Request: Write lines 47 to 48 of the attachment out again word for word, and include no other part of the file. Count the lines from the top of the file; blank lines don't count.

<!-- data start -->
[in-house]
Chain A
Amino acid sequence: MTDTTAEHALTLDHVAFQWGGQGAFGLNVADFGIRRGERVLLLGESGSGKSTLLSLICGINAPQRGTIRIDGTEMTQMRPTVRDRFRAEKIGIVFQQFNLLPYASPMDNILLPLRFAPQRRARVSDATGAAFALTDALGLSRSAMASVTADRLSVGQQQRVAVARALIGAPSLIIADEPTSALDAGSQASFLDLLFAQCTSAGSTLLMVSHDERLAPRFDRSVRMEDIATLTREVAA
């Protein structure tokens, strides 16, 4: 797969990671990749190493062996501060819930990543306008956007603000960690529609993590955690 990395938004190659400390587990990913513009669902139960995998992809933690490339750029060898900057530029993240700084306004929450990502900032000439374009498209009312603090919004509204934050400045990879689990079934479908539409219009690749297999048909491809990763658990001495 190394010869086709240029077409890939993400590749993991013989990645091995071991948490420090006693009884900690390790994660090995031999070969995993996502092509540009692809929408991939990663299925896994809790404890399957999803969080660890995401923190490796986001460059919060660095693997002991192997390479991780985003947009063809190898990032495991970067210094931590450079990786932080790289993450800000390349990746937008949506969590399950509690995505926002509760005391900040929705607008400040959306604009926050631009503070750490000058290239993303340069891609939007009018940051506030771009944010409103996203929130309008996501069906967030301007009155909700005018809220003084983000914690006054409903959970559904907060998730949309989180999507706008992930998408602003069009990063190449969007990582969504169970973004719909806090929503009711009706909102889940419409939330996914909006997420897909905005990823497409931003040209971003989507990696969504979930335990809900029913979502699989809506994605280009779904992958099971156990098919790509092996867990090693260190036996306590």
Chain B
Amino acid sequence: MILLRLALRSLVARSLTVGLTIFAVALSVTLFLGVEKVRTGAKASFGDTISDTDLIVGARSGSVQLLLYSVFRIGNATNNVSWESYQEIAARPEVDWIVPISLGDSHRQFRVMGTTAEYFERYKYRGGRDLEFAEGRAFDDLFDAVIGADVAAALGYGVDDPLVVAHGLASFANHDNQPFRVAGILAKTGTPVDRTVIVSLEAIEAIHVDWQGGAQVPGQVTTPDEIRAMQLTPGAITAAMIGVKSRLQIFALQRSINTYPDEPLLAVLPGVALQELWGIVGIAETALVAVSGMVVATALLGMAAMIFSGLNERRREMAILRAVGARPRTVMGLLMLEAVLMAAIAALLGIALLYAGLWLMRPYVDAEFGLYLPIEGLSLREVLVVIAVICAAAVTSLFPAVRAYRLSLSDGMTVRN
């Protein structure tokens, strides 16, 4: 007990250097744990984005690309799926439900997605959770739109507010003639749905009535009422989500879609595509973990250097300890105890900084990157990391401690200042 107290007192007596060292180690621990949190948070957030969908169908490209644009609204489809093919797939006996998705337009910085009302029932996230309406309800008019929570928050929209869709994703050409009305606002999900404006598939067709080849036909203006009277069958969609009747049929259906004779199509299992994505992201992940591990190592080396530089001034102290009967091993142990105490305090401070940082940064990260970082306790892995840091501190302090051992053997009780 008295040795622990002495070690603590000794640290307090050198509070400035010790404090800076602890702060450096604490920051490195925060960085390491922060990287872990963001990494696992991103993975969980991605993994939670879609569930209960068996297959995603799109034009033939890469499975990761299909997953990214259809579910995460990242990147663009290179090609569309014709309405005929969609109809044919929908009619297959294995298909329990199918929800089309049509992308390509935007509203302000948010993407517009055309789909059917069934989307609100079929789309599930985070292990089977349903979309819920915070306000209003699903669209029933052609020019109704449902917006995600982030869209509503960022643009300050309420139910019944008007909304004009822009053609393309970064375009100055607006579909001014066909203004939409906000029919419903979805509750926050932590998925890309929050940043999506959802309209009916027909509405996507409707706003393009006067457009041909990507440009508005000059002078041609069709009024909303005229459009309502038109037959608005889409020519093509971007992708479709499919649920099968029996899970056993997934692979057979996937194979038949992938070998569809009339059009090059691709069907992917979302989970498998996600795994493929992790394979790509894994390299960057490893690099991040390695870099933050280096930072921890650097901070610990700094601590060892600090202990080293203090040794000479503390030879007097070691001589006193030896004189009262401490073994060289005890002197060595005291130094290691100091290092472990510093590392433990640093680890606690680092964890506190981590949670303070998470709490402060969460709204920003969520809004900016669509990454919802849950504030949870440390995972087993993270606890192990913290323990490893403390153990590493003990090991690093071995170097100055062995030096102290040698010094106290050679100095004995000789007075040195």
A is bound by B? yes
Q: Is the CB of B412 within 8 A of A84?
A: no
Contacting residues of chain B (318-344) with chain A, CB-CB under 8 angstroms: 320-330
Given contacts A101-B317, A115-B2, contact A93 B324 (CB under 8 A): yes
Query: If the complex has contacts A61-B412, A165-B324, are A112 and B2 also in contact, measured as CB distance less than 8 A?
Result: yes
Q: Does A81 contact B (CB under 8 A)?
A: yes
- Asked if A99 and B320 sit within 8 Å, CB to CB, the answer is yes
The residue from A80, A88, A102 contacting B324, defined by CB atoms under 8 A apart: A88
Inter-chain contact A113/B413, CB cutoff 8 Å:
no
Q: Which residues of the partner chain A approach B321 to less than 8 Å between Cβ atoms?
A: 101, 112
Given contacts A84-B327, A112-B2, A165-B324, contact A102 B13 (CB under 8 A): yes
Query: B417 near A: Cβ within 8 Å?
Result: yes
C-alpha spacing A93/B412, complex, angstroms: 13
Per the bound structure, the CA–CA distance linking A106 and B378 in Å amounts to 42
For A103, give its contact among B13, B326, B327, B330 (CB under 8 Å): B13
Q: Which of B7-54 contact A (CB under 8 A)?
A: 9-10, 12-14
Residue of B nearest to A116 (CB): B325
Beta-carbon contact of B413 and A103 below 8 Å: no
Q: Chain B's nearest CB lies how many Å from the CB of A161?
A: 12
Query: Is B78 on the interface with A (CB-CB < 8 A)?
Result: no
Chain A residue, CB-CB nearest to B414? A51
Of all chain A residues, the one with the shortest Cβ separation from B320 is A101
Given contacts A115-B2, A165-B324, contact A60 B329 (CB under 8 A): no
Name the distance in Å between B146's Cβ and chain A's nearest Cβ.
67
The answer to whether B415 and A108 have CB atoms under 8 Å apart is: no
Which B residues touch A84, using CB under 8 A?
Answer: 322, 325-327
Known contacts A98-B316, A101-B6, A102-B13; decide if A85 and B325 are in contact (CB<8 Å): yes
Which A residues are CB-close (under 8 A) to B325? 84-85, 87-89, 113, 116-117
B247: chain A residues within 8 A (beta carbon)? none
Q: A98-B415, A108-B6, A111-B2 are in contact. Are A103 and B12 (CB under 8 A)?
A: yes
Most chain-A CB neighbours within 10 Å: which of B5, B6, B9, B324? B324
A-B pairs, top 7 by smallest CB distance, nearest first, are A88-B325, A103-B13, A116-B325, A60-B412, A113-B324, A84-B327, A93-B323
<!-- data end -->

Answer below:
B247: chain A residues within 8 A (beta carbon)? none
Q: A98-B415, A108-B6, A111-B2 are in contact. Are A103 and B12 (CB under 8 A)?